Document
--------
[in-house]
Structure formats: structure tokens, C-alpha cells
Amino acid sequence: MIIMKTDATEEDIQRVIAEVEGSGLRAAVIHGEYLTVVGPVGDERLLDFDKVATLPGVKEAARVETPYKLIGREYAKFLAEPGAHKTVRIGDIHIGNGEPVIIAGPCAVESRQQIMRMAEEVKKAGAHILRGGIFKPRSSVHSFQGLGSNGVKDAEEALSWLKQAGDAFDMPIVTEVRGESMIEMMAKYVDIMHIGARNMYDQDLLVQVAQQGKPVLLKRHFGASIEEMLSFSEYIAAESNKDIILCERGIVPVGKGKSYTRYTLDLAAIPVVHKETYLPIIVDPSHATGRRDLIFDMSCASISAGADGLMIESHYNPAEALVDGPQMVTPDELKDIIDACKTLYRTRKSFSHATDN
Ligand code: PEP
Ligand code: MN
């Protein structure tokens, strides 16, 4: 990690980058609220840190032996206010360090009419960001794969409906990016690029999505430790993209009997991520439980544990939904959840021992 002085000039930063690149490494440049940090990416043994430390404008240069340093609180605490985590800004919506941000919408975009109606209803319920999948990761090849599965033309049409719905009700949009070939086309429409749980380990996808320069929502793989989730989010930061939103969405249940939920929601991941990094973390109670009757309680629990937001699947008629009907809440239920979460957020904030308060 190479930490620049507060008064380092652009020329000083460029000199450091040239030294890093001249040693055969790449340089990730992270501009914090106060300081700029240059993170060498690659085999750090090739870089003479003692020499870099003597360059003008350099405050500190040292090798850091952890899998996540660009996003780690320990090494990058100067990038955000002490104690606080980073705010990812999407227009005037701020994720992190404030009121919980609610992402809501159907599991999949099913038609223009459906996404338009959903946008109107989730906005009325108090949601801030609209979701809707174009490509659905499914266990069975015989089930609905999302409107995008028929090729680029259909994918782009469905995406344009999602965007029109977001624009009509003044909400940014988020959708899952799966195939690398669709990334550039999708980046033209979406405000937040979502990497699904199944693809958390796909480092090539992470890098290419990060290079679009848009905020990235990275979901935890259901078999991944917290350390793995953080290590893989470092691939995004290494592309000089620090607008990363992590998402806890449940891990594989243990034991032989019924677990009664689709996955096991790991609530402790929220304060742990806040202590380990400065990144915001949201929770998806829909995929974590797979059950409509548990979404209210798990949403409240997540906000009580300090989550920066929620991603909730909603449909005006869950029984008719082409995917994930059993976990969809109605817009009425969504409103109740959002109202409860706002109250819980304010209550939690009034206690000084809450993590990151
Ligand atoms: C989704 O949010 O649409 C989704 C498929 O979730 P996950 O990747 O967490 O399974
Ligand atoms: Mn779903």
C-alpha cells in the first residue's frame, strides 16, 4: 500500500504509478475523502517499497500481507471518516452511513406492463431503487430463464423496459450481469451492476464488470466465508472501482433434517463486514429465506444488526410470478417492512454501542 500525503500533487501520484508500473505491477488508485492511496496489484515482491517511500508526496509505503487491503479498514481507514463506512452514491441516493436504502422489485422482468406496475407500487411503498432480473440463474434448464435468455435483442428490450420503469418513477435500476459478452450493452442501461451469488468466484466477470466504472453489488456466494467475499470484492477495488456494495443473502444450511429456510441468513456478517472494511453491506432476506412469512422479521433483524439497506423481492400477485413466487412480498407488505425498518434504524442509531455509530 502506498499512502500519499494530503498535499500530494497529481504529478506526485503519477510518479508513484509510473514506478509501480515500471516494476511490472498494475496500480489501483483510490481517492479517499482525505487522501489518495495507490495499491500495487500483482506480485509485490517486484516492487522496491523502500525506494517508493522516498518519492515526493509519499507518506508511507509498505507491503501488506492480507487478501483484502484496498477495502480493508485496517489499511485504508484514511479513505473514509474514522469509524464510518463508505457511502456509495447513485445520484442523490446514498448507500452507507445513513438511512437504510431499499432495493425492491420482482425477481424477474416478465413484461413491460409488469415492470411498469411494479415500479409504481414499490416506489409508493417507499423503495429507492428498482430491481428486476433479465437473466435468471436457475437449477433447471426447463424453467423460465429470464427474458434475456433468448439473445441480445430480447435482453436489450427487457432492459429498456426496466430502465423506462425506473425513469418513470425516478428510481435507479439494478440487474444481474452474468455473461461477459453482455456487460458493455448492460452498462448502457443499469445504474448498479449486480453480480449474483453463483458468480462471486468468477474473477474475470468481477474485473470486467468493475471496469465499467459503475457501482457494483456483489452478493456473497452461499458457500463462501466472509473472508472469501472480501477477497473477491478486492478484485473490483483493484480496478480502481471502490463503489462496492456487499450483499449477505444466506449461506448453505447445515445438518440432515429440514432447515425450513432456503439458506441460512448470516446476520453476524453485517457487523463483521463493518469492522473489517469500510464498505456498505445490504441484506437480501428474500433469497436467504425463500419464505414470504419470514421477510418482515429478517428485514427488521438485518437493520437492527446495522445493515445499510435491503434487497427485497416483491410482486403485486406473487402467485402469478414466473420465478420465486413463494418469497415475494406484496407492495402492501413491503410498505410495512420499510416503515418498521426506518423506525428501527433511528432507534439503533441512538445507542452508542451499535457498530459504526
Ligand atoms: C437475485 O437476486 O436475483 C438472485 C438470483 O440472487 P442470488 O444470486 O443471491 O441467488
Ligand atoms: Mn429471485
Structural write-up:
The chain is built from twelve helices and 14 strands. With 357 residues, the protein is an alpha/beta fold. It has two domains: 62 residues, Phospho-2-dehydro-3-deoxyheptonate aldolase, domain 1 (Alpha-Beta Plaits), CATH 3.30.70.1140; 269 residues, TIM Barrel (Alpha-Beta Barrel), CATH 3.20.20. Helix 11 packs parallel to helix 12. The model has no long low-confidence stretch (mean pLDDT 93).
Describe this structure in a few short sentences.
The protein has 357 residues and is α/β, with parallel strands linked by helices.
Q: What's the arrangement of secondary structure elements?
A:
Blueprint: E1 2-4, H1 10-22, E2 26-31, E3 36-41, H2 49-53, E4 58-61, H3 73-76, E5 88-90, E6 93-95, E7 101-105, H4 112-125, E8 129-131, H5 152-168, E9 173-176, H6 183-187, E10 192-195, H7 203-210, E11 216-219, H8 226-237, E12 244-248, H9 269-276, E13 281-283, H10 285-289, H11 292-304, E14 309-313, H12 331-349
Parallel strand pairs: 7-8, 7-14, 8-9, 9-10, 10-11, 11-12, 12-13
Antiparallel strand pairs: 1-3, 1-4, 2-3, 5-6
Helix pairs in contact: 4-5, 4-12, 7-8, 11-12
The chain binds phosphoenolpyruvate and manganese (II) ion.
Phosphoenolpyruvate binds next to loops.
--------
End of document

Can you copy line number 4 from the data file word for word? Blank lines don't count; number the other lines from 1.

Ligand code: PEP